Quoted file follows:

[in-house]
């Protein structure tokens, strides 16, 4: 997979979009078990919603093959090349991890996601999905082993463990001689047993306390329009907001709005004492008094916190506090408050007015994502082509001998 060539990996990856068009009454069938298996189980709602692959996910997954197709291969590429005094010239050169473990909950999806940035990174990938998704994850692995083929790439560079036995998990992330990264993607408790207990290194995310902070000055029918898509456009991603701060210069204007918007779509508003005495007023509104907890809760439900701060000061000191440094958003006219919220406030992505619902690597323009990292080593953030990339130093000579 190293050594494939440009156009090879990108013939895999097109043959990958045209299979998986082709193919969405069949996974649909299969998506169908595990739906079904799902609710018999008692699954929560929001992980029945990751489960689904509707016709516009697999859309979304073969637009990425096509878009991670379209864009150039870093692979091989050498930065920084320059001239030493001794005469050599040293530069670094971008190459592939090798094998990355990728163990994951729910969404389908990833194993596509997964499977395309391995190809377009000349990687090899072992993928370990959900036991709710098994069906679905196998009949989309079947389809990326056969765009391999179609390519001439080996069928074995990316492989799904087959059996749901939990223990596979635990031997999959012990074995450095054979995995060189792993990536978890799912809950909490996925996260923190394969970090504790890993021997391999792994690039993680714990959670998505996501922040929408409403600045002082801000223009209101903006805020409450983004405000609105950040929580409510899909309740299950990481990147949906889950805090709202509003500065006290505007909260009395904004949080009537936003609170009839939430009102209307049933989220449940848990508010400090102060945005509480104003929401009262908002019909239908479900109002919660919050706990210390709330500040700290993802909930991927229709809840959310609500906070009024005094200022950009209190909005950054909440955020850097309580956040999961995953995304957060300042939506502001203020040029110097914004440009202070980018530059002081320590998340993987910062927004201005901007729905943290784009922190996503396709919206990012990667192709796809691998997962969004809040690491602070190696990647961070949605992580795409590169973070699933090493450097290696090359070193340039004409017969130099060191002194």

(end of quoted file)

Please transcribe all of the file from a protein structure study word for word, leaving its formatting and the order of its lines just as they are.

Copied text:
[in-house]
């Protein structure tokens, strides 16, 4: 997979979009078990919603093959090349991890996601999905082993463990001689047993306390329009907001709005004492008094916190506090408050007015994502082509001998 060539990996990856068009009454069938298996189980709602692959996910997954197709291969590429005094010239050169473990909950999806940035990174990938998704994850692995083929790439560079036995998990992330990264993607408790207990290194995310902070000055029918898509456009991603701060210069204007918007779509508003005495007023509104907890809760439900701060000061000191440094958003006219919220406030992505619902690597323009990292080593953030990339130093000579 190293050594494939440009156009090879990108013939895999097109043959990958045209299979998986082709193919969405069949996974649909299969998506169908595990739906079904799902609710018999008692699954929560929001992980029945990751489960689904509707016709516009697999859309979304073969637009990425096509878009991670379209864009150039870093692979091989050498930065920084320059001239030493001794005469050599040293530069670094971008190459592939090798094998990355990728163990994951729910969404389908990833194993596509997964499977395309391995190809377009000349990687090899072992993928370990959900036991709710098994069906679905196998009949989309079947389809990326056969765009391999179609390519001439080996069928074995990316492989799904087959059996749901939990223990596979635990031997999959012990074995450095054979995995060189792993990536978890799912809950909490996925996260923190394969970090504790890993021997391999792994690039993680714990959670998505996501922040929408409403600045002082801000223009209101903006805020409450983004405000609105950040929580409510899909309740299950990481990147949906889950805090709202509003500065006290505007909260009395904004949080009537936003609170009839939430009102209307049933989220449940848990508010400090102060945005509480104003929401009262908002019909239908479900109002919660919050706990210390709330500040700290993802909930991927229709809840959310609500906070009024005094200022950009209190909005950054909440955020850097309580956040999961995953995304957060300042939506502001203020040029110097914004440009202070980018530059002081320590998340993987910062927004201005901007729905943290784009922190996503396709919206990012990667192709796809691998997962969004809040690491602070190696990647961070949605992580795409590169973070699933090493450097290696090359070193340039004409017969130099060191002194």